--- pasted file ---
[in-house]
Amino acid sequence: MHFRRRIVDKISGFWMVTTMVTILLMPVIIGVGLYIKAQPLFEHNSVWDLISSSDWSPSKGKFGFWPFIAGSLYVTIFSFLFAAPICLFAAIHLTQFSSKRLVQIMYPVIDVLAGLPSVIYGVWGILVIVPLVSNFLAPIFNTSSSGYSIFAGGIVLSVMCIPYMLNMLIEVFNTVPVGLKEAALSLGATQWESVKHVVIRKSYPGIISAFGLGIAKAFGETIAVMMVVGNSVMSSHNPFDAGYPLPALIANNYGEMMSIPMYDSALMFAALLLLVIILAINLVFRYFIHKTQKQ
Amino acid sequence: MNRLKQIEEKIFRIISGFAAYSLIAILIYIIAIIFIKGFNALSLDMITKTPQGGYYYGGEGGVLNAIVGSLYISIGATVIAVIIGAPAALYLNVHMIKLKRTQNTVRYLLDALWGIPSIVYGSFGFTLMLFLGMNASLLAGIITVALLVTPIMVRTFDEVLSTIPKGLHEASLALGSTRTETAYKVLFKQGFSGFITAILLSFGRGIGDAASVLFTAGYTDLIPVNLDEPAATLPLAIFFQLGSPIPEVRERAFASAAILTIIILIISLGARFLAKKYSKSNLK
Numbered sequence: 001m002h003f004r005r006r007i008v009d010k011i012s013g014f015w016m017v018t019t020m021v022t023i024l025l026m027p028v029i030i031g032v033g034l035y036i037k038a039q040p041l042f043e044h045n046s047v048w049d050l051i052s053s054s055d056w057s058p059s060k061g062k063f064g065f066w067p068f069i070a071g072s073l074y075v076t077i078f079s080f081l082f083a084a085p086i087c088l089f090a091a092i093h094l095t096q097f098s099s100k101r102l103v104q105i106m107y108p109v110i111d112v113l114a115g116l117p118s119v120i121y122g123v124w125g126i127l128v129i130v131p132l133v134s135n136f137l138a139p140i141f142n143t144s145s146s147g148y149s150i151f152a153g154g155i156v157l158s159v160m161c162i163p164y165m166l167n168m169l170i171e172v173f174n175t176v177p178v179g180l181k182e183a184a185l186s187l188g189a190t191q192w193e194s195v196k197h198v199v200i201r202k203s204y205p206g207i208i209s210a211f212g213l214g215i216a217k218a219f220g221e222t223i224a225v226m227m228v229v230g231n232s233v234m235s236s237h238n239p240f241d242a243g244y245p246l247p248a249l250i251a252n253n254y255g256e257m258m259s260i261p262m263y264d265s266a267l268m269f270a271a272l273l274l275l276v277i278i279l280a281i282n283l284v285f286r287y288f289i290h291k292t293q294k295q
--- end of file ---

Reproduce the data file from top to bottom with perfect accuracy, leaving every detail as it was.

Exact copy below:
[in-house]
Amino acid sequence: MHFRRRIVDKISGFWMVTTMVTILLMPVIIGVGLYIKAQPLFEHNSVWDLISSSDWSPSKGKFGFWPFIAGSLYVTIFSFLFAAPICLFAAIHLTQFSSKRLVQIMYPVIDVLAGLPSVIYGVWGILVIVPLVSNFLAPIFNTSSSGYSIFAGGIVLSVMCIPYMLNMLIEVFNTVPVGLKEAALSLGATQWESVKHVVIRKSYPGIISAFGLGIAKAFGETIAVMMVVGNSVMSSHNPFDAGYPLPALIANNYGEMMSIPMYDSALMFAALLLLVIILAINLVFRYFIHKTQKQ
Amino acid sequence: MNRLKQIEEKIFRIISGFAAYSLIAILIYIIAIIFIKGFNALSLDMITKTPQGGYYYGGEGGVLNAIVGSLYISIGATVIAVIIGAPAALYLNVHMIKLKRTQNTVRYLLDALWGIPSIVYGSFGFTLMLFLGMNASLLAGIITVALLVTPIMVRTFDEVLSTIPKGLHEASLALGSTRTETAYKVLFKQGFSGFITAILLSFGRGIGDAASVLFTAGYTDLIPVNLDEPAATLPLAIFFQLGSPIPEVRERAFASAAILTIIILIISLGARFLAKKYSKSNLK
Numbered sequence: 001m002h003f004r005r006r007i008v009d010k011i012s013g014f015w016m017v018t019t020m021v022t023i024l025l026m027p028v029i030i031g032v033g034l035y036i037k038a039q040p041l042f043e044h045n046s047v048w049d050l051i052s053s054s055d056w057s058p059s060k061g062k063f064g065f066w067p068f069i070a071g072s073l074y075v076t077i078f079s080f081l082f083a084a085p086i087c088l089f090a091a092i093h094l095t096q097f098s099s100k101r102l103v104q105i106m107y108p109v110i111d112v113l114a115g116l117p118s119v120i121y122g123v124w125g126i127l128v129i130v131p132l133v134s135n136f137l138a139p140i141f142n143t144s145s146s147g148y149s150i151f152a153g154g155i156v157l158s159v160m161c162i163p164y165m166l167n168m169l170i171e172v173f174n175t176v177p178v179g180l181k182e183a184a185l186s187l188g189a190t191q192w193e194s195v196k197h198v199v200i201r202k203s204y205p206g207i208i209s210a211f212g213l214g215i216a217k218a219f220g221e222t223i224a225v226m227m228v229v230g231n232s233v234m235s236s237h238n239p240f241d242a243g244y245p246l247p248a249l250i251a252n253n254y255g256e257m258m259s260i261p262m263y264d265s266a267l268m269f270a271a272l273l274l275l276v277i278i279l280a281i282n283l284v285f286r287y288f289i290h291k292t293q294k295q